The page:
Could Chicago be one of those cities? The Walton Family Foundation has already had a huge presence here. In 2012, CPS charter schools received more startup funds from the foundation than any other city, getting a total of $3.8 million, according to a Chicago Sun-Times story. Also, that year, CPS received money from Walton for community outreach during the school closings. In 2013, Chicago charter schools got $1 million, including $250,000 for each of the two Horizon Charter Schools, opened by Concept charter operator after they were approved by the independent Illinois State Charter School Commission over the objection of CPS.

3. Phillips loses, but wins… As you probably know by now, Phillips High School’s football team lost the state championship to Rochester High School. If they won, they would have been the first CPS team to win a state championship in football since Robeson in 1982. Mayor Rahm Emanuel sent out a statement congratulating the team. “In defying great obstacles, they have defined what it is to be a great team, and they have developed the personal characteristics that will sustain them into the next season and – most importantly – throughout the rest of their lives.”

Emanuel didn’t note, however, that lack of resources for public school teams is one of the obstacles. In an article from the Toronto-based National Post, coach Troy McAllister says he took over the team because no one else wanted to. The team had no footballs, no pads and only 12 players.

In a DNAinfo article, McAllister elaborated: “It's almost impossible to believe with the talent and coaches that are in the city that there's never been a state champion. But when you see the resources that are available to many Public League schools, you see there's a problem… All these Catholic League and private schools have their own stadiums, and that's not the case with a lot of Public League teams. It's not an excuse — you have to overcome it — but it is a big disadvantage.”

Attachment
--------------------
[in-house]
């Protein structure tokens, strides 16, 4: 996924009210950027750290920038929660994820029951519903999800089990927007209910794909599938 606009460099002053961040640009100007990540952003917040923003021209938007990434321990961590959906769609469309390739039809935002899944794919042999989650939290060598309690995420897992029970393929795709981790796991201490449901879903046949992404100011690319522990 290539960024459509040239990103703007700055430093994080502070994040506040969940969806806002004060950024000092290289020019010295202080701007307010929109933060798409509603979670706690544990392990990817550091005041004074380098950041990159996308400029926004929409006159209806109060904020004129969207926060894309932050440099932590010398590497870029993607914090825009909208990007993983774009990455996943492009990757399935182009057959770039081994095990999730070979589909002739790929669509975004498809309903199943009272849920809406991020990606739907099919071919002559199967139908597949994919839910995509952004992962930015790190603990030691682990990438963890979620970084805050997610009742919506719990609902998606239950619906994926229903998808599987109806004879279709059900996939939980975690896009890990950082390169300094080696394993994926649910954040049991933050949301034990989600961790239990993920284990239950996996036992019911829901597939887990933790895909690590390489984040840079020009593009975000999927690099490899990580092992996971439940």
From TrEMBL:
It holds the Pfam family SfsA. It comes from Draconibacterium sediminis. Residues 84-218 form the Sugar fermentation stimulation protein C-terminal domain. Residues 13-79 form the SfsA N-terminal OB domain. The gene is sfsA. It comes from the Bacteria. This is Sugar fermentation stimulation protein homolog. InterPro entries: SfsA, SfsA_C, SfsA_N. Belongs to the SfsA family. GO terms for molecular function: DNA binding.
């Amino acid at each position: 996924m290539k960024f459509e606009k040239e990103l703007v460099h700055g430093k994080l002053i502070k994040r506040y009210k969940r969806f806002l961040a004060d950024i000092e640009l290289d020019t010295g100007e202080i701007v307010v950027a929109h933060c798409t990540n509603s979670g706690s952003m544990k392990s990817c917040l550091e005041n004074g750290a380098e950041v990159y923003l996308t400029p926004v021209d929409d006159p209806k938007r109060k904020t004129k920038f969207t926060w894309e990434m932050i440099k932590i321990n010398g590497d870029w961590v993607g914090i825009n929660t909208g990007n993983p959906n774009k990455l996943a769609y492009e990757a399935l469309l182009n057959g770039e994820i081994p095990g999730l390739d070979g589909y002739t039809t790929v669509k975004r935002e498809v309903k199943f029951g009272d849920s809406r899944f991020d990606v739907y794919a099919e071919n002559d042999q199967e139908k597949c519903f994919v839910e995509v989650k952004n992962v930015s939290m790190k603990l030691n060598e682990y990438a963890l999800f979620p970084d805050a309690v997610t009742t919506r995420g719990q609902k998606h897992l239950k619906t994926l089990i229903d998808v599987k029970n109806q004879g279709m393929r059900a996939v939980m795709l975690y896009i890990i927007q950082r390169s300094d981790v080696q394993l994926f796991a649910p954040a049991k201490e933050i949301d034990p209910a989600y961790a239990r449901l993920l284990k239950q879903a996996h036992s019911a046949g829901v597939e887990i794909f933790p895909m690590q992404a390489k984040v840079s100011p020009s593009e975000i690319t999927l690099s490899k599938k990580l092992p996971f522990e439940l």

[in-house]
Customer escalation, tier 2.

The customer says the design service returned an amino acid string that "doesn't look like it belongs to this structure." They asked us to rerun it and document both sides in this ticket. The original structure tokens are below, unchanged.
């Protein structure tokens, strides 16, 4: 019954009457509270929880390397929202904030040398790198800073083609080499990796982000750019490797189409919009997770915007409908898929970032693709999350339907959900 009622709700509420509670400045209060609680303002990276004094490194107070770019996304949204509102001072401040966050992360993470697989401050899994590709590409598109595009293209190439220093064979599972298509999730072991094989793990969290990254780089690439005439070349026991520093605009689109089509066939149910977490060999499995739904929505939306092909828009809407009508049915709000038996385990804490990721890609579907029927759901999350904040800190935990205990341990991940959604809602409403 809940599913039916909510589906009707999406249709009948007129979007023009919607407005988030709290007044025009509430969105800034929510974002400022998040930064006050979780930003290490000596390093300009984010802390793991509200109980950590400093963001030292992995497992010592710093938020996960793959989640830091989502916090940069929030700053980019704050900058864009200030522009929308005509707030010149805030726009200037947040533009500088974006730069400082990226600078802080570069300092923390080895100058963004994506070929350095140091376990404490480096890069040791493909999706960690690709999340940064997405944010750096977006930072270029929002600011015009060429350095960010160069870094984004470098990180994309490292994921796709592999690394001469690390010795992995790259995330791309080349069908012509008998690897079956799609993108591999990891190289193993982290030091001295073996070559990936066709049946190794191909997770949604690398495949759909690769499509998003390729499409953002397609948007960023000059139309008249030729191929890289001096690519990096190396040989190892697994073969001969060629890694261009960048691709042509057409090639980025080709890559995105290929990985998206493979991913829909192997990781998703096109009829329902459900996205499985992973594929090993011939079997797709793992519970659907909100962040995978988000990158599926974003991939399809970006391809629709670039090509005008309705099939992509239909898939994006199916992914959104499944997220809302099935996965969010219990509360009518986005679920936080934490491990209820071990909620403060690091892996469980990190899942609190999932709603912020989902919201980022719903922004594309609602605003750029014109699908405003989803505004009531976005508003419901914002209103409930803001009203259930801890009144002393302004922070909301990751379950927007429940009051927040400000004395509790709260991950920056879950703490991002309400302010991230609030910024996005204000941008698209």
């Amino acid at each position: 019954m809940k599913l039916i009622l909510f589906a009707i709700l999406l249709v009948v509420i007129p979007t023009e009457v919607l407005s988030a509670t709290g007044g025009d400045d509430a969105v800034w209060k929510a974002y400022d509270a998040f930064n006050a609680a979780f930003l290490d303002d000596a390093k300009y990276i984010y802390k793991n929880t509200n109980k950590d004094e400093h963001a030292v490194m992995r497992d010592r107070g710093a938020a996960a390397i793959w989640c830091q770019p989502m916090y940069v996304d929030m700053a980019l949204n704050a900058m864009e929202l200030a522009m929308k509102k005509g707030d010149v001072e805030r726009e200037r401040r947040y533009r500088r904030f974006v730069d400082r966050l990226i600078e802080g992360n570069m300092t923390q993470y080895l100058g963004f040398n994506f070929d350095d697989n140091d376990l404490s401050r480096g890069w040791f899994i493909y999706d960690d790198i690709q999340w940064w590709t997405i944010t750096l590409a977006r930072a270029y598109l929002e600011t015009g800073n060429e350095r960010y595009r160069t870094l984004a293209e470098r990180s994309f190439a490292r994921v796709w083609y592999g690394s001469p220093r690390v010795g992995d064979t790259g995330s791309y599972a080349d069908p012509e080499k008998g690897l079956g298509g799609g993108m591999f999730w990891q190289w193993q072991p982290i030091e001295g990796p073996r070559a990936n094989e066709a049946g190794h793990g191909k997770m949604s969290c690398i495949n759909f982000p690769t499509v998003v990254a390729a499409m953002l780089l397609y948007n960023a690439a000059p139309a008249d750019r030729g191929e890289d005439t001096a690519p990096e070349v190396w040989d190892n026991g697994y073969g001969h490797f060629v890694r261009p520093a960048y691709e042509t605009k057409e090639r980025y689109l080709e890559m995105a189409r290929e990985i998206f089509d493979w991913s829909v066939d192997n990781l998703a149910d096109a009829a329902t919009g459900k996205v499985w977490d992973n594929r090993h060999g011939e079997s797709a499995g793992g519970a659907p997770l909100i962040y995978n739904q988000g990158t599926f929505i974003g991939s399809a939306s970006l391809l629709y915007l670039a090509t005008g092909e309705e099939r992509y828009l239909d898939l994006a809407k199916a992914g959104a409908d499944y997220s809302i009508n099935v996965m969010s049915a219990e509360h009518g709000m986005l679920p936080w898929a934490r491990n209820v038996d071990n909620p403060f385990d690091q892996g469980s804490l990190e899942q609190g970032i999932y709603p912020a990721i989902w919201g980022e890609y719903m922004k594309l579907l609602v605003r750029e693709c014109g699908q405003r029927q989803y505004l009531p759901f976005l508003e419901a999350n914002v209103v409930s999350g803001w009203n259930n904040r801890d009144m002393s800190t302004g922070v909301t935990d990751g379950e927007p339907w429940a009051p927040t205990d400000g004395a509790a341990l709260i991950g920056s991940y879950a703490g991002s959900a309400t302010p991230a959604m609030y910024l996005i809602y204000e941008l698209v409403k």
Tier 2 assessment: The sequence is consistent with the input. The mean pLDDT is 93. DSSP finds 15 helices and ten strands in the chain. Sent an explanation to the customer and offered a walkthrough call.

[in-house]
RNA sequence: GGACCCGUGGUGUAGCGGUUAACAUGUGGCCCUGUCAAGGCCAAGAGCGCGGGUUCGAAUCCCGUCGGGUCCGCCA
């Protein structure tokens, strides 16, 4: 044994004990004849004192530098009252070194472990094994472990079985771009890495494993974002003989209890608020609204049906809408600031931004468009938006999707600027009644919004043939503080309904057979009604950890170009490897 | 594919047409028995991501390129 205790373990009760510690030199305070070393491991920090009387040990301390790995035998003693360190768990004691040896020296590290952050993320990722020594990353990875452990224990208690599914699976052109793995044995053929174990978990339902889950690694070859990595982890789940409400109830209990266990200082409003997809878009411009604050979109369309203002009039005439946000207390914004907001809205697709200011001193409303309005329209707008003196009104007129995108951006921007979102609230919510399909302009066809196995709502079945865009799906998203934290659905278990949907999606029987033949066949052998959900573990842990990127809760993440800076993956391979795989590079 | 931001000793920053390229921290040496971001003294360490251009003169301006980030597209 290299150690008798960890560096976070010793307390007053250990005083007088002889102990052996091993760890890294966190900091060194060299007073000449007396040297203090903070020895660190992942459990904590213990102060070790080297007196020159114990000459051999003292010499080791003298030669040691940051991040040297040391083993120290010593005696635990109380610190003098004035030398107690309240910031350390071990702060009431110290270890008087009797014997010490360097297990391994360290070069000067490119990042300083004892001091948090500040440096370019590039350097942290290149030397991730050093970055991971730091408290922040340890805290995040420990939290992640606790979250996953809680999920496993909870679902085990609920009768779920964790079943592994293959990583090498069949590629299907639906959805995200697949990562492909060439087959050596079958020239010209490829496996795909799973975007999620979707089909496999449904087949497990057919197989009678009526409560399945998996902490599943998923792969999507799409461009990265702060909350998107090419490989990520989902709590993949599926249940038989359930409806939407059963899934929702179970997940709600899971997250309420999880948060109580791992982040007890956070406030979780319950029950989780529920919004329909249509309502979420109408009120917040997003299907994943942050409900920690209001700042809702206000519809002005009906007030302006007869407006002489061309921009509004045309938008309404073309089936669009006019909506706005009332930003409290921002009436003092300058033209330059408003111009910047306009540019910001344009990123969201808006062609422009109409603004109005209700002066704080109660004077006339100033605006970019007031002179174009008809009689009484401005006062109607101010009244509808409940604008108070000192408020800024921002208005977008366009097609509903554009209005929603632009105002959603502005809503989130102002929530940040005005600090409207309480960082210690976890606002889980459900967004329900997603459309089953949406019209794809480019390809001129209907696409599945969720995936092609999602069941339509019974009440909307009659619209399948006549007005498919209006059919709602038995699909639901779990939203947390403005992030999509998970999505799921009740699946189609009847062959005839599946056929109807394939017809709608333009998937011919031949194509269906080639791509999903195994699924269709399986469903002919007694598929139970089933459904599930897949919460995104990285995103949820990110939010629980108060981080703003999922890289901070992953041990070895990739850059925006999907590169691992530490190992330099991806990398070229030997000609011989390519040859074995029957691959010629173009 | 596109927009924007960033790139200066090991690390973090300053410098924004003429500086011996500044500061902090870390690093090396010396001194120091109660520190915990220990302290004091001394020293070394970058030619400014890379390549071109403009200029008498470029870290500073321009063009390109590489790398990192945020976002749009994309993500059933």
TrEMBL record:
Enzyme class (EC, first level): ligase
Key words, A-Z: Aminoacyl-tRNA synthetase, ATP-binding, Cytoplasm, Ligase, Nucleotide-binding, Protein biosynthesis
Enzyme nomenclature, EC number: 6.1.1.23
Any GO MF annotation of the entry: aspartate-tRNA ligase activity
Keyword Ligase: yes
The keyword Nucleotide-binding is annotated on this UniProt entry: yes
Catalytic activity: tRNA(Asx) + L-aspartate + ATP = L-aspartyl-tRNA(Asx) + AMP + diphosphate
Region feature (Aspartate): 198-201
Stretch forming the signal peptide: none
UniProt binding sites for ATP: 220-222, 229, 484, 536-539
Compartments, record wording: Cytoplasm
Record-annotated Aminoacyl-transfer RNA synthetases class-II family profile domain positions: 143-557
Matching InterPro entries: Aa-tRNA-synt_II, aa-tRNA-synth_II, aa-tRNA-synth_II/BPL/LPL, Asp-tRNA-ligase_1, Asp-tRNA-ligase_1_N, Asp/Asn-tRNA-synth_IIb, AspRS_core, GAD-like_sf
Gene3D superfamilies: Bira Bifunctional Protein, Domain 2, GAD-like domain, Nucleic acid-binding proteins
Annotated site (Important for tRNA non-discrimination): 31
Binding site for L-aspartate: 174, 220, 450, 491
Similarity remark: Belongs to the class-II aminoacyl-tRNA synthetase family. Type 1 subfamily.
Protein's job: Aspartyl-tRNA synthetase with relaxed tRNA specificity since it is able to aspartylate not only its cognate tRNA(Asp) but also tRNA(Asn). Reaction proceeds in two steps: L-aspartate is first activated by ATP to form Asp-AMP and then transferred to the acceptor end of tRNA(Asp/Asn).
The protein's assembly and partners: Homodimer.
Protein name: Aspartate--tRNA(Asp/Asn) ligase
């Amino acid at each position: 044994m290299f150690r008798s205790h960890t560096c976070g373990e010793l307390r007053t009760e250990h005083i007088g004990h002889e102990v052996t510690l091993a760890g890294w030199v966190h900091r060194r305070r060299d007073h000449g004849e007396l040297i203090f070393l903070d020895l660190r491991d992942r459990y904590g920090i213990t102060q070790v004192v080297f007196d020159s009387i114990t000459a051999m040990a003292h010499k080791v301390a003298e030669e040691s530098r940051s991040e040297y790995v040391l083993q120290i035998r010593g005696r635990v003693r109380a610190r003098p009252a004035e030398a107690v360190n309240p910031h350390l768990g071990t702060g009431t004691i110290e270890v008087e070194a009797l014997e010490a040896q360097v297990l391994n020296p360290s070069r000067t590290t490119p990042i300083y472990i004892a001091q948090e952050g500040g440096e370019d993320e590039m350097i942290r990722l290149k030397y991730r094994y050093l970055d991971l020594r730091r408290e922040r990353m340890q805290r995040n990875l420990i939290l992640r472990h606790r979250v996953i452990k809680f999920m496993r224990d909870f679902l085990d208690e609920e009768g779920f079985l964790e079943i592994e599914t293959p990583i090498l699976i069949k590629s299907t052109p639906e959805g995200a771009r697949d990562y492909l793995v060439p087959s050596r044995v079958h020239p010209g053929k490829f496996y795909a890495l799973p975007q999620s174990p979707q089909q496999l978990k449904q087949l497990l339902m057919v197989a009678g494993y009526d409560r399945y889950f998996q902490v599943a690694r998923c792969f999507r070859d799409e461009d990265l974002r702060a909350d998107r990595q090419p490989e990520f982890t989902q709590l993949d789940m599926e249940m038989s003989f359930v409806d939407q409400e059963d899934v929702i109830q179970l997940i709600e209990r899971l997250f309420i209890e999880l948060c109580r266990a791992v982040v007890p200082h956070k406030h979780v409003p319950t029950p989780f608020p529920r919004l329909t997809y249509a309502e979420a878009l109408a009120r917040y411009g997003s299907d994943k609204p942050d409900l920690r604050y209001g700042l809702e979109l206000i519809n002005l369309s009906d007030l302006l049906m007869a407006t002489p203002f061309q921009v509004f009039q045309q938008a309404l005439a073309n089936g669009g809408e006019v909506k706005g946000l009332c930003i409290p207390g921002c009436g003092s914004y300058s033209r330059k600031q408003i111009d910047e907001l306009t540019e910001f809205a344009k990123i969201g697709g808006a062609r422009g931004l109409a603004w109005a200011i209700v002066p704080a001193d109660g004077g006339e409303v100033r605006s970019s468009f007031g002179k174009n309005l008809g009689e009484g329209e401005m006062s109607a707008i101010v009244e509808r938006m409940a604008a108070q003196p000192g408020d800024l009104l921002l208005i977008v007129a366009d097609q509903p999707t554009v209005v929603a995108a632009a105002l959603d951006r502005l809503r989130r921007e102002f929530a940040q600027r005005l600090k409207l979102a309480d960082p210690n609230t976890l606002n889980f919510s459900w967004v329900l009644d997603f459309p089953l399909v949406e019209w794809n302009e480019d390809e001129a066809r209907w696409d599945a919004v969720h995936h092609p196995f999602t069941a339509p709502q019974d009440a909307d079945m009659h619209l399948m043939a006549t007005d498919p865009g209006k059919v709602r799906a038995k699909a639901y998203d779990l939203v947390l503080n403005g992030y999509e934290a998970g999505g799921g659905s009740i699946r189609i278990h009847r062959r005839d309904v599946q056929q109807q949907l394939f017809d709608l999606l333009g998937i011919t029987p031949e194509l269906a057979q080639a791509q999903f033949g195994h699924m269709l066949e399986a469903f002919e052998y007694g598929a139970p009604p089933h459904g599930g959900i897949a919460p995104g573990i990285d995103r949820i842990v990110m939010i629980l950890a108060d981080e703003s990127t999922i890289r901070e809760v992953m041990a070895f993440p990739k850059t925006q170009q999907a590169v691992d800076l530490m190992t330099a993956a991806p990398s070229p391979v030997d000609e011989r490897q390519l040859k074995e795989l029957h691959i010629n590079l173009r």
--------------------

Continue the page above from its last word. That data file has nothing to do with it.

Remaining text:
4. Classes on computers… As more school districts move toward so-called blended learning that incorporates techonology, the Washington Post asks whether these programs are indeed less expensive. The Washington D.C. Public Schools’ manager of blended learning says these programs are actually more expensive.

One example is a math class at a middle school, with 200 students sitting at computers but the same number of teachers as in a traditional classroom. Start-up costs were high, including $600,000 from the D.C. Public Schools to renovate the room and $400,000 from foundations for software.